TCS acquires Citigroup Global Services—and bags a giant contract to provide outsourcing services to Citi for the next nine-and-a-half years
It's festival time in India, and Tata Consultancy Services, the country's largest IT software and services provider, is celebrating with gusto. After months of speculation, TCS acquired Citigroup's (C) India-based outsourcing unit, Citigroup Global Services, for $505 million in an all-cash deal announced on Oct. 8. That's the largest-ever purchase for TCS. What's more, the company bagged a $2.5 billion contract to provide process outsourcing services, application development, and infrastructure support to Citigroup and its affiliates over nine-and-a-half years. "This transaction will complement our domain expertise and bring new capabilities to TCS that will help drive growth," says S. Ramadorai, chief executive officer of TCS.
At a time when stock prices of India's outsourcing powers are crumbling (BusinessWeek, 10/2/08) amid fears of a deep global recession, the TCS deal shows executives are nonetheless confident Indian software service providers will remain competitive in tough times. The Citi contract is the biggest win ever for an Indian company. TCS edged out contenders such as IBM (IBM) and French IT company Capgemini, and the promise of steady business from the deal encourages some analysts. "The revenue visibility in the TCS contract is a big plus in this tumultuous market," says Abhiram Elaswarupu, IT analyst at BNP Paribas in Mumbai.
The Citi deal helps TCS go up against its big foreign competitors directly. Unlike IBM, Accenture and EDS, all big players in India, homegrown companies typically have operated with smaller-scale deals, lasting two to three years and worth $50 million to $200 million. Just last October, TCS had crossed the $1 billion threshold (BusinessWeek.com, 10/18/07) when it signed a 10-year, $1.2 billion contract with Dutch group Nielsen, which owns ratings major ACNielsen.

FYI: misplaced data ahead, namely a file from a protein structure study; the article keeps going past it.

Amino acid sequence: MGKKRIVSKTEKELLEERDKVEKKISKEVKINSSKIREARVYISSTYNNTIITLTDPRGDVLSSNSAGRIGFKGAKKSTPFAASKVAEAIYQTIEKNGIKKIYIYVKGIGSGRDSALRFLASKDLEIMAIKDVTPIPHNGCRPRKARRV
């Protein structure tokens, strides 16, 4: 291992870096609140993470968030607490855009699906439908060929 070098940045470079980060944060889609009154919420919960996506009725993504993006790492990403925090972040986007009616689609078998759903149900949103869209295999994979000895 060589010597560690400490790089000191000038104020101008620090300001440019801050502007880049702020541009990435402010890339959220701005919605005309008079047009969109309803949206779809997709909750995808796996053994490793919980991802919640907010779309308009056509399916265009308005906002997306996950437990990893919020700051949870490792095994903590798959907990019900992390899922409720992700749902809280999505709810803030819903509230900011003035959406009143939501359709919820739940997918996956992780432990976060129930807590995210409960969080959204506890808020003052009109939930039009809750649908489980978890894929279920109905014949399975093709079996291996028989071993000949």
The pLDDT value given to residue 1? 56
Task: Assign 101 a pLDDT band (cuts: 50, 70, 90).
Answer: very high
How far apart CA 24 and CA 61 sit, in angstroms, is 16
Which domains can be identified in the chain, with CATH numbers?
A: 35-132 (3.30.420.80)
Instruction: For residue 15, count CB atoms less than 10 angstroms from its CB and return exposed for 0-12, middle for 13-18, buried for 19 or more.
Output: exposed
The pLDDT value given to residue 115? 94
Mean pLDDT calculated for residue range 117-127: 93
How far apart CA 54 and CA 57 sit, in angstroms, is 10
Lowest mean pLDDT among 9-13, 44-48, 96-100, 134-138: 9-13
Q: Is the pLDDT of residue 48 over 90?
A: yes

Acquiring Citi's unit brings 12,000 new employees into the TCS fold and is expected to generate revenues of $280 million this year. Currently, TCS, which has over 10,000 employees in its outsourcing units across the world, makes more than $150 million providing services to Citi alone.
TCS has been providing IT services to Citi since 1992, catering to the bank's operations in North America, Europe, India, Singapore, and the rest of Asia Pacific. As with most big Indian software providers, banking and financial services form a big chunk of TCS's business, accounting for 43% of revenues. The new outsourcing contract will nudge it a percentage point ahead, says a TCS manager.
With the world's financial industry in turmoil, this isn't the best time for an Indian outsourcer to be expanding its exposure to the sector. However, analysts say they are more concerned about TCS overpaying to acquire Citiglobal. TCS should have negotiated a better deal, given the fall in company valuations that has accompanied market meltdowns around the globe, they say. TCS claims the price is justified and argues the acquisition will help the company serve not only Citi but other customers as well.
Still, some analysts are skeptical. On Oct. 8, the day TCS announced the deal, its shares closed down 5%. Year to date, it's off 49%, compared with a 35% drop for the benchmark Sensex index. John McCarthy, a vice-president at research firm Forrester Research, warns the track record for Indian companies using acquisitions to expand their customer base is not great. "The BPO industry is littered with deals like this one that have not led to large-scale work beyond the individual clients," he says.
McCarthy believes TCS's latest buy is a long-term play. "This is about ensuring that when the dust settles [after the Wall Street crisis], TCS is well positioned to help the client clean up their mess of systems and do new projects," he says. "Anything beyond that is wishful thinking."
The TCS buy is the latest example of Indian software majors aggressively expanding to other geographies to reduce their reliance on the U.S. Over the past three years, TCS has made purchases in Switzerland, Chile, and Australia. Last year rival Infosys Technology (INFY) bought out the outsourcing business of Dutch electronics major Philips, and Wipro (WIT) acquired U.S.-based, Nasdaq-listed outsourcing outfit Infocrossing. Infosys and New Delhi-based HCL Technologies have been battling for SAP's consulting company Axon; on Oct. 10, Infosys announced it was backing away from the deal, giving the win to HCL.